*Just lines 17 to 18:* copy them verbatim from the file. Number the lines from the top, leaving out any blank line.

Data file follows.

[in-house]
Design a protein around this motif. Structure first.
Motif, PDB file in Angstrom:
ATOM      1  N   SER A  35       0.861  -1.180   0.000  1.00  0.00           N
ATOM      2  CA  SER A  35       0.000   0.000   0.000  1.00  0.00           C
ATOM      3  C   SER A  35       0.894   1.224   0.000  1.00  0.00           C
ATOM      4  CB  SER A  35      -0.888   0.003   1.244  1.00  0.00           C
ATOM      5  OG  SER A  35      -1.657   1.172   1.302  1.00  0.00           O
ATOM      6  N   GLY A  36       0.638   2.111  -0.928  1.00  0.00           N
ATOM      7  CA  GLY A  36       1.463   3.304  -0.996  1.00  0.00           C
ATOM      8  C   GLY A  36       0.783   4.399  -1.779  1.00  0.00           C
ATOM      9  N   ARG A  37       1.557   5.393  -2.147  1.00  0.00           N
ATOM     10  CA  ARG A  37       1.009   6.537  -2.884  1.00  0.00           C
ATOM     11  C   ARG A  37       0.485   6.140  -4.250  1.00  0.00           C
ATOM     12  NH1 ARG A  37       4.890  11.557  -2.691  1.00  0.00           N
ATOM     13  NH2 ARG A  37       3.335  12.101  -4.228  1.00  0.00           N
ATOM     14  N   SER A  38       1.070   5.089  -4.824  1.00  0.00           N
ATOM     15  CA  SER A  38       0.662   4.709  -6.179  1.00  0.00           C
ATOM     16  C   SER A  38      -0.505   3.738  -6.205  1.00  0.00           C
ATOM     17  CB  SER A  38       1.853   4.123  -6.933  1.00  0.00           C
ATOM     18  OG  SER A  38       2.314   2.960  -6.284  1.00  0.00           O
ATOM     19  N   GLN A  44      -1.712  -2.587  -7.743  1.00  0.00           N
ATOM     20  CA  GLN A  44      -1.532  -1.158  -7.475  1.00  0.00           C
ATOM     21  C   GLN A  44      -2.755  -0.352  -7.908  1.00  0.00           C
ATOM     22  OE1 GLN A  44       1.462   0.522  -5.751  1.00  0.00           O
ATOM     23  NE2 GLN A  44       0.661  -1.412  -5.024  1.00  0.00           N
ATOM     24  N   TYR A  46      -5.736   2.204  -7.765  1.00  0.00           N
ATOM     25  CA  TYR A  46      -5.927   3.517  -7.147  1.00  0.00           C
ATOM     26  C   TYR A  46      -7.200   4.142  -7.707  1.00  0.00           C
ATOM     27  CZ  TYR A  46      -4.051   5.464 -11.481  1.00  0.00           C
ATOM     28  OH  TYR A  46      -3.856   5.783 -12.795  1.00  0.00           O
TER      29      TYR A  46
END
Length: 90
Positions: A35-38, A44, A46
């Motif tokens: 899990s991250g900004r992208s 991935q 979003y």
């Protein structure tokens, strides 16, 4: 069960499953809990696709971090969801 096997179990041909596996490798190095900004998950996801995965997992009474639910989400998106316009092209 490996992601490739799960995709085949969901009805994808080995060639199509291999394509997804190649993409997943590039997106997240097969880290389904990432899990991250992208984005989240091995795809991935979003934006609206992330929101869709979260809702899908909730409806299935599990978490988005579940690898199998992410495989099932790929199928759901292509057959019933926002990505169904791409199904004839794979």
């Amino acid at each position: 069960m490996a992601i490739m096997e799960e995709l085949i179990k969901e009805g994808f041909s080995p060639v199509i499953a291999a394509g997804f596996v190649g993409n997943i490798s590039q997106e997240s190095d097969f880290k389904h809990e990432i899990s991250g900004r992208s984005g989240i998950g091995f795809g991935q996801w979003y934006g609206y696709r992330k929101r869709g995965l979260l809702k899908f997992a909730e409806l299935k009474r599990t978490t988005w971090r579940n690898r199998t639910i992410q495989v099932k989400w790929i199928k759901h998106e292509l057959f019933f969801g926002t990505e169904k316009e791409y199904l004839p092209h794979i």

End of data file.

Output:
ATOM     14  N   SER A  38       1.070   5.089  -4.824  1.00  0.00           N
ATOM     15  CA  SER A  38       0.662   4.709  -6.179  1.00  0.00           C